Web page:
Check the sample surface with the optical microscope. The previously identified scratches should be removed and new ones will be identified. Rotate again the sample by 90 degrees and polish the sample with finer polishing suspensions of one micrometer alumina particles and again verify with microscope the scratches on the sample surface. Repeat the sequence, this time with 0.05 micrometer alumina particles. At the final polishing step, using the highest magnification of the optical microscope.
There should be no observable scratches on the sample surface. The last step is the sample etching. First prepare a 2% Nital solution by mixing 2% volume concentrated nitric acid in ethanol. Dipped the polished face of the sample in the solution for about 20 seconds. Rinse the sample with ethanol, then observe the etched surface on the microscope. Repeat these etching, rinsing steps until sufficient contrast in the granular structure is observed.
Optical materialography is a very useful technique to characterize solid materials for various applications. For instance, toroidal inductor cores are commonly used in electronic applications to regulate electromagnetic interference. These cores are economically manufactured by compacting iron powder. Porosity and grain size of the core material both impact the electromagnetic properties of the inductor and they can be assessed by optical materialography.
Porus materials, due to their permeability, are used for manufacturing of synthetic membranes. Optical materialography is employed to analyze the void structure of the 2D cross section of the membrane material and in consequence to assess the porosity quality of the membrane.
You've just watched Jove's introduction to sample preparation for optical materialography. You should now understand the four steps of sample preparation, cutting, mounting, polishing, and etching and how these are important for a qualitative analysis of material microstructures.
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From the series of images in Figure 1, particularly from the etched sample (Figure 1e), one can observe that the powder pressing process by which this sample was made rendered the grains to have non-circular, elongated shapes, with non-isotropic grain orientation. There is a significant amount of porosity retained in the material through this processing. Part 2 of the Materialography series will explore the statistics of the grain anisotropy as well the porosity.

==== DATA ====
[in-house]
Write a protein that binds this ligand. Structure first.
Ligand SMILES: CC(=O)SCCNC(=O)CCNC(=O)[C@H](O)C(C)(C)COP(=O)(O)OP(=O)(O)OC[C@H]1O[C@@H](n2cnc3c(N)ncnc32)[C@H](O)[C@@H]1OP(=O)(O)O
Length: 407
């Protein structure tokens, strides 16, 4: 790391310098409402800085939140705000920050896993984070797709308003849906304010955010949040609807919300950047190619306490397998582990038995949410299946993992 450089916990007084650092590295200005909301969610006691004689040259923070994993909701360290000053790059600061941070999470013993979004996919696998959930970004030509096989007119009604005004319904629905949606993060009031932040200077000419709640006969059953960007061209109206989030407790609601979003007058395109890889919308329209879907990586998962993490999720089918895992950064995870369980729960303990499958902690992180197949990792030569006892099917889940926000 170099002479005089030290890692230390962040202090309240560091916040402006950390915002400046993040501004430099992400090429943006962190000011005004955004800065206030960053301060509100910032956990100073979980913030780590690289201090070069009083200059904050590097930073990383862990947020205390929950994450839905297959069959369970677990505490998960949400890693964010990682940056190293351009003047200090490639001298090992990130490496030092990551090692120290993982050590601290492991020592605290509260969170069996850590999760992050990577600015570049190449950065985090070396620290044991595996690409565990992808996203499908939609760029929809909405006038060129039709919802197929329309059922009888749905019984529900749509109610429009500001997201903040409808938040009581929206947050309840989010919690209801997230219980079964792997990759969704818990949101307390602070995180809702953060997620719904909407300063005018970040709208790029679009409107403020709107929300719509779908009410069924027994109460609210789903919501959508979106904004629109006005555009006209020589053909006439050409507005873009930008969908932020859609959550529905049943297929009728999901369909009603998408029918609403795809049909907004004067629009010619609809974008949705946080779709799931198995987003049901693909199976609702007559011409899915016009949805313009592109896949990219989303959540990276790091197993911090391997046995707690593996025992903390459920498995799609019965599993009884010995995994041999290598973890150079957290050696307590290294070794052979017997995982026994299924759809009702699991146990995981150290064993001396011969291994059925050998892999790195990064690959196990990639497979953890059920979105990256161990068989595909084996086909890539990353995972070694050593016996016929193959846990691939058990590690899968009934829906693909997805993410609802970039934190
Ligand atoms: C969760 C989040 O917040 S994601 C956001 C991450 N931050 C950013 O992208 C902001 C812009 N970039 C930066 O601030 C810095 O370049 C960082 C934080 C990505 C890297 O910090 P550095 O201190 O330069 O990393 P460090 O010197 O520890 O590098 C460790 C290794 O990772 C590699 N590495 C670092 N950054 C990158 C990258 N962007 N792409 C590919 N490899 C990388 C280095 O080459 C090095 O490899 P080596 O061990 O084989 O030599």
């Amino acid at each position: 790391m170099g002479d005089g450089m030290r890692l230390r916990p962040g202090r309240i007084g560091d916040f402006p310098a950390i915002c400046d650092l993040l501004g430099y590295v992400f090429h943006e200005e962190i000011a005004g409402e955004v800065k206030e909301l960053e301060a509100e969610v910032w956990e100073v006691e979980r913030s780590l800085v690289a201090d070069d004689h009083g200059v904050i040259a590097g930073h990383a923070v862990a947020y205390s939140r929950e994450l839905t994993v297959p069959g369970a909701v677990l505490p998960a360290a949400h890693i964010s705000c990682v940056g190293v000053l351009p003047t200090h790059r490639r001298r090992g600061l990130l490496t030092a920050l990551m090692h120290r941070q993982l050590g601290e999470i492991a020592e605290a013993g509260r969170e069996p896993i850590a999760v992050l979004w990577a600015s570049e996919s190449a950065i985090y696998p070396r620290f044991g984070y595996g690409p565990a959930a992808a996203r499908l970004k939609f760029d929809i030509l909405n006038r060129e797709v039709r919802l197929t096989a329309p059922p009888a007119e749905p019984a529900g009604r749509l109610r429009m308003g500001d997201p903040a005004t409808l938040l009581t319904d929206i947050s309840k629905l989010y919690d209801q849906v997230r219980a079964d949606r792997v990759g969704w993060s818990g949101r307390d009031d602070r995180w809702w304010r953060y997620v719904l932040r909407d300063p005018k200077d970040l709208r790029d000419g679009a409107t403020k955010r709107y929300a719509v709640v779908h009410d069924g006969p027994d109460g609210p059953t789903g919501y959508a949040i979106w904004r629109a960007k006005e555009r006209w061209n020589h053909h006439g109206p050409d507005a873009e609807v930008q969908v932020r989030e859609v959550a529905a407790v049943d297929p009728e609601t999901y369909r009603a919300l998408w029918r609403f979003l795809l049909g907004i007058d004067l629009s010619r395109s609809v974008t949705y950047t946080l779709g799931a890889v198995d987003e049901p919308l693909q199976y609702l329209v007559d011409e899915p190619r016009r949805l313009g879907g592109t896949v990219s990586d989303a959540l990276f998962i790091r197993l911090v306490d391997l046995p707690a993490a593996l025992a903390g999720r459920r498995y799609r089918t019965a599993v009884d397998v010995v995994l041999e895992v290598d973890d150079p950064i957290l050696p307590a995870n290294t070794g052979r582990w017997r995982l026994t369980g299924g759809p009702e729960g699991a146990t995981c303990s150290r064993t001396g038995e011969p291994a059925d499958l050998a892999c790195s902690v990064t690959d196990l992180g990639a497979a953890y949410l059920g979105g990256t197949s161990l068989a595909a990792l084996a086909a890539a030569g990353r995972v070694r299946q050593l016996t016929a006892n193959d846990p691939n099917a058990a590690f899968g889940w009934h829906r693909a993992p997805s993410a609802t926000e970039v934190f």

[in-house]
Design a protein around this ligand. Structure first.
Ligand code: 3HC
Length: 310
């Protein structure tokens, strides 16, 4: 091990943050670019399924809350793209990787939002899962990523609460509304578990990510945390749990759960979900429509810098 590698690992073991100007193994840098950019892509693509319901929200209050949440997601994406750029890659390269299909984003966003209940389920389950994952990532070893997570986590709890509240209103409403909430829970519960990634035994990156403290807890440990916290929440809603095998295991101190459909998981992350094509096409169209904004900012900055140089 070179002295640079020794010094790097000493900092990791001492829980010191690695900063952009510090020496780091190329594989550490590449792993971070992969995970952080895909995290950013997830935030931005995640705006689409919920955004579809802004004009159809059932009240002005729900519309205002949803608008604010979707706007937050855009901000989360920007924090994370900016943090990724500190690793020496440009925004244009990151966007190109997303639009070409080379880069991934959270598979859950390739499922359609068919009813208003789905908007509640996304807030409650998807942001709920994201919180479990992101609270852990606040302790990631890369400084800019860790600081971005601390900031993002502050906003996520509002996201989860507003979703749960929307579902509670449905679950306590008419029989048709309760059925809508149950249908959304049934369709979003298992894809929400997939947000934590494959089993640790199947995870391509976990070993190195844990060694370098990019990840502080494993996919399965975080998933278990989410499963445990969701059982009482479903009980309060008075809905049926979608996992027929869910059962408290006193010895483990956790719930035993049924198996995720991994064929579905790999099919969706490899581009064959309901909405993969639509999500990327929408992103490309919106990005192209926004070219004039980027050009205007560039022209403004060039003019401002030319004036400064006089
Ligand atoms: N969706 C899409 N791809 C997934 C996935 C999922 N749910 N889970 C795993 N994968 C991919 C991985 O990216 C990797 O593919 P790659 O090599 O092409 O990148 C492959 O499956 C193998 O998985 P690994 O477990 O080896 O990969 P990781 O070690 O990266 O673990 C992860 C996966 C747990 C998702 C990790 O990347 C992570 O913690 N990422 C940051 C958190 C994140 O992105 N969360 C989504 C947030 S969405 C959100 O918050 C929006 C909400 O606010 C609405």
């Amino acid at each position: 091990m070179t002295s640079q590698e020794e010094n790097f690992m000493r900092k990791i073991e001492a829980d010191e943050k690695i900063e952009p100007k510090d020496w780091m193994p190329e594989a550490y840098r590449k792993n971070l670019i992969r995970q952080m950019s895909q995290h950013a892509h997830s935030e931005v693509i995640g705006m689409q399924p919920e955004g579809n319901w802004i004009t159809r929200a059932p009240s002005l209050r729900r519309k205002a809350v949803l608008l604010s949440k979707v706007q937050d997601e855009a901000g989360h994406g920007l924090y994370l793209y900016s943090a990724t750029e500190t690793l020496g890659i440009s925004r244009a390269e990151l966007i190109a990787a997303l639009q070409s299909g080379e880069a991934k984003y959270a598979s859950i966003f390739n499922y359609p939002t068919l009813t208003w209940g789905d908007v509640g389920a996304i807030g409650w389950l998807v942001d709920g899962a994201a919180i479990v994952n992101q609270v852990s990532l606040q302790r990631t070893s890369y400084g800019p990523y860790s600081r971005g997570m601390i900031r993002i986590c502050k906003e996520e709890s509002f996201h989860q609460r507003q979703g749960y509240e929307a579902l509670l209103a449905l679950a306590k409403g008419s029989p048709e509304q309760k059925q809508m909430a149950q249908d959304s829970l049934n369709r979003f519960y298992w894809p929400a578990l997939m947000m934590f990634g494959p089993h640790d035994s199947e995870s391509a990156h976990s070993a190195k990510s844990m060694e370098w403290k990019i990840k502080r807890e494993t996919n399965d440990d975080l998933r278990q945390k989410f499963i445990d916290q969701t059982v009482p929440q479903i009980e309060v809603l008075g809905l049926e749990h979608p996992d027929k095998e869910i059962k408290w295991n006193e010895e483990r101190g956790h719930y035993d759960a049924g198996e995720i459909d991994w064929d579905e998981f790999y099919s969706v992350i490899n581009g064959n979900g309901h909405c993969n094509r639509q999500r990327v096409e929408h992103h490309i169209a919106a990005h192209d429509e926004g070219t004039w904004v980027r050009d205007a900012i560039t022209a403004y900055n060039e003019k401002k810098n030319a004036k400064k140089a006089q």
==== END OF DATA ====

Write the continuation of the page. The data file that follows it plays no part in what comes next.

Figure 1: Polishing the sample with a) 600 grit, b) 1200 grit, polishing papers followed by c) 1 µm, d) 0.01 µm alumina suspensions on polishing cloths. Finally, e) etching for 20 seconds a nital solution revealed the porosity.
Applications and Summary
These are the standard methods for preparing cross sections of samples for microscopy. While the procedures detailed here are optimized to provide the best results in optical microscopy, some of the steps are unnecessary for scanning electron microscopy, and are inadequate for transmission electron microscopy. For the latter two, separate sample preparation procedures should be followed.
Materialographic sample preparation described here are the necessary first step towards the analysis of internal microstructure of three-dimensional materials using two dimensional information. For example, one might be interested in knowing how porous a membrane material is since that will affect its gas pearmenability. An analysis of the void structure of the 2D cross section will provide a strong indication of what the porosity is in the actual 3D structure (provided the sampling statistics are high). Another application would be in analyzing, for example the orientation of the polycrystalline grains in oil pipeline alloys. The orientational distribution function (ODF) can be directly related to the axial and transverse mechanical strength of the pipes, and so our sample preparation procedure is an important component of such an analysis.